However, the small green leaves have a delightfully tart and lemony flavor and make an excellent addition to your pantry.

The herb carries many health benefits, being one of the few plants that contains omega-3. It also packs a massive vitamin A and C punch, which is why it has long been used medicinally.

Purslane is a wild plant you can forage, but you can find it at farmers’ markets and specialist stores. It is also straightforward to grow.

Replace arugula with purslane in salads, where its tender leaves are best. It is also a handy green leafy veg to throw into soups or stews just before serving, but take care not to overcook it. Purslane is milder than arugula, so you can use more to get a more robust flavor.


Escarole, another leafy green beloved in Italian cuisine, can be used instead of arugula.

Escarole has pale, frilly leaves somewhat like lettuce, but it is related to the endive or chicory family. However, it is far more bitter than lettuce and has a strong taste.

Escarole is very high in fiber and contains several vitamins and minerals.

Substitute arugula with the tender inner leaves of escarole to add a bitter hint to salads. Escarole is also excellent cooked. Add escarole to soups, stews, and casseroles.

Although escarole is bitter, it lacks arugula’s characteristic pepperiness. Use as a direct 1:1 replacement for arugula, or use less if the leaves are too bitter.


Frisée is a delicious green that can substitute for arugula.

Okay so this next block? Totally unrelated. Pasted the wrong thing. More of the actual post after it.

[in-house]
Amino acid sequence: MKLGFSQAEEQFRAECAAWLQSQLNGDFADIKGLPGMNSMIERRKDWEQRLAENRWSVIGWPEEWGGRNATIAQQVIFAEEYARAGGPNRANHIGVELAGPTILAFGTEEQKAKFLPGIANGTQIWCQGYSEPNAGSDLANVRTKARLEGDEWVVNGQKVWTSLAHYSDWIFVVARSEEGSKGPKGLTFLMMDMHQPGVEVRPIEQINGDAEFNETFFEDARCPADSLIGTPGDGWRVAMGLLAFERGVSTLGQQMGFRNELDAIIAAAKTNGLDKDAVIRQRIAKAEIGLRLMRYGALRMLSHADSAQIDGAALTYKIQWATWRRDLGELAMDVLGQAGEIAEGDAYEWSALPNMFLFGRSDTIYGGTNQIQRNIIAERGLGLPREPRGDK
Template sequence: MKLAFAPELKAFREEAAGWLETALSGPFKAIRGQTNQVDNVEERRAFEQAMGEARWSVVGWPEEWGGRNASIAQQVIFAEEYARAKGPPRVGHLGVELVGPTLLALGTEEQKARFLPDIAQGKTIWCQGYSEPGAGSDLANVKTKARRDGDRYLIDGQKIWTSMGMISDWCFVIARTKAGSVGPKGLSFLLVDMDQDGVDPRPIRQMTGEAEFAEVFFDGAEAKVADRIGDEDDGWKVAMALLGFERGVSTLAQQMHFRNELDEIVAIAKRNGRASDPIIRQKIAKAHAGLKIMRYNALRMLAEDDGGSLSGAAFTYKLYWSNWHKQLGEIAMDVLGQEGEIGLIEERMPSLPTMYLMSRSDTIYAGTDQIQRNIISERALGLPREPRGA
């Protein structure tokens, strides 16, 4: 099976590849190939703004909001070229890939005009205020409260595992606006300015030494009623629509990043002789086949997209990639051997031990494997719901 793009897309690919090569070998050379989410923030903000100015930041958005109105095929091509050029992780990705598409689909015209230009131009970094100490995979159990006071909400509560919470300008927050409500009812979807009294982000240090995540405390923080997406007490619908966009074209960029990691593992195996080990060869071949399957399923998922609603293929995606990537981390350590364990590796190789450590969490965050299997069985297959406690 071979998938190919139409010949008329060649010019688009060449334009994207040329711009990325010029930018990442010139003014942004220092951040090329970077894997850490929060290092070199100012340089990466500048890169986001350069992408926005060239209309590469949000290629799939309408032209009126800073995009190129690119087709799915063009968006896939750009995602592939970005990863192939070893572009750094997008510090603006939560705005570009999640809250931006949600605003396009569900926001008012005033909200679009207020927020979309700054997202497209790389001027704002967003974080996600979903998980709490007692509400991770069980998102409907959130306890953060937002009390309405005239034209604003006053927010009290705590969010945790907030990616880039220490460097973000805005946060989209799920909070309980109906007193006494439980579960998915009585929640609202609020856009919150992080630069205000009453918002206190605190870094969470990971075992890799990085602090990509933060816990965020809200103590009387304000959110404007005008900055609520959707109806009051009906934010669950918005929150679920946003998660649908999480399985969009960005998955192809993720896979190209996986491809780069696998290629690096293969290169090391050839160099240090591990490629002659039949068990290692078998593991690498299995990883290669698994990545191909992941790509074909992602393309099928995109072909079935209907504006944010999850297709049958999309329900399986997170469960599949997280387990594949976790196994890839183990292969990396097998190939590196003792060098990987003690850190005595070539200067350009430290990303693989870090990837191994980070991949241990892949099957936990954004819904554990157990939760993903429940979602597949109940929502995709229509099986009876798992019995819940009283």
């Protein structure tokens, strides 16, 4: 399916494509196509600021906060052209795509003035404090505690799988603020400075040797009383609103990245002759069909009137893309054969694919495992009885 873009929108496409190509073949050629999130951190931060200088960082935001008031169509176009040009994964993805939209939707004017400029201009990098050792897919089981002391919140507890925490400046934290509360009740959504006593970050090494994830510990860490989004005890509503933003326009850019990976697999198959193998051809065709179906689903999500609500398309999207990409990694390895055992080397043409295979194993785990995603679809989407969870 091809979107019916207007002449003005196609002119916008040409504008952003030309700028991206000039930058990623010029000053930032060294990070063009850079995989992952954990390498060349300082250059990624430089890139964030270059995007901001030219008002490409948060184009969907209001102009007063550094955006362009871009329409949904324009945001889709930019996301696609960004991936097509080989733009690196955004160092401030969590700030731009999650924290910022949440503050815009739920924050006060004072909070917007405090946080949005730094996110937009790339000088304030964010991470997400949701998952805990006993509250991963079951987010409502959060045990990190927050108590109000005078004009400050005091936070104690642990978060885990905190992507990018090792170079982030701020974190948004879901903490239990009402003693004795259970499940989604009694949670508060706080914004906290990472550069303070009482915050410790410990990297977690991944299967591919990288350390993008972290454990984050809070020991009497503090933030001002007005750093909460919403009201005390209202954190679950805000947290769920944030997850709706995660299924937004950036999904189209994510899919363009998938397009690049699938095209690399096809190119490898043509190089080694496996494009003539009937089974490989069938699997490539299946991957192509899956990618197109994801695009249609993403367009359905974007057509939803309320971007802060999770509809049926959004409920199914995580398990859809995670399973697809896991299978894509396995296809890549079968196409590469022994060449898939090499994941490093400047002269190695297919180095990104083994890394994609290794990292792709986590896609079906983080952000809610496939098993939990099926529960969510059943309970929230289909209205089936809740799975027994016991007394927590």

This lettuce-like plant has small, curly leaves and is also known as curly endive or chicory.

You’ll notice that the leaves are darker on the outside and get lighter and yellow towards the center because the leaf tops are tied together while growing.

Curly endives are rich in vitamins K and C, folate, phosphorus, potassium, and fiber.

Frisée is a delightful choice to replace arugula in salads, as it provides bitterness but not spiciness.

It is bolder than most other greens, so don’t use it alone. Its flavor is less intense when cooked, and it is good lightly wilted in a pan. Because of its extreme bitterness, use half the amount of curly endives than you would arugula.

Mustard Greens

Other members of the mustard family are suitable replacements for their cousin arugula.

Mustard greens is a general term for any leafy greens related to mustard. They include the broad-leaved savory greens, the curly-leaved spicy greens, and the pink-edged mild greens.

Like other greens, mustard greens are high in vitamins A, C, and K, particularly in the mineral copper. They support eye and heart health.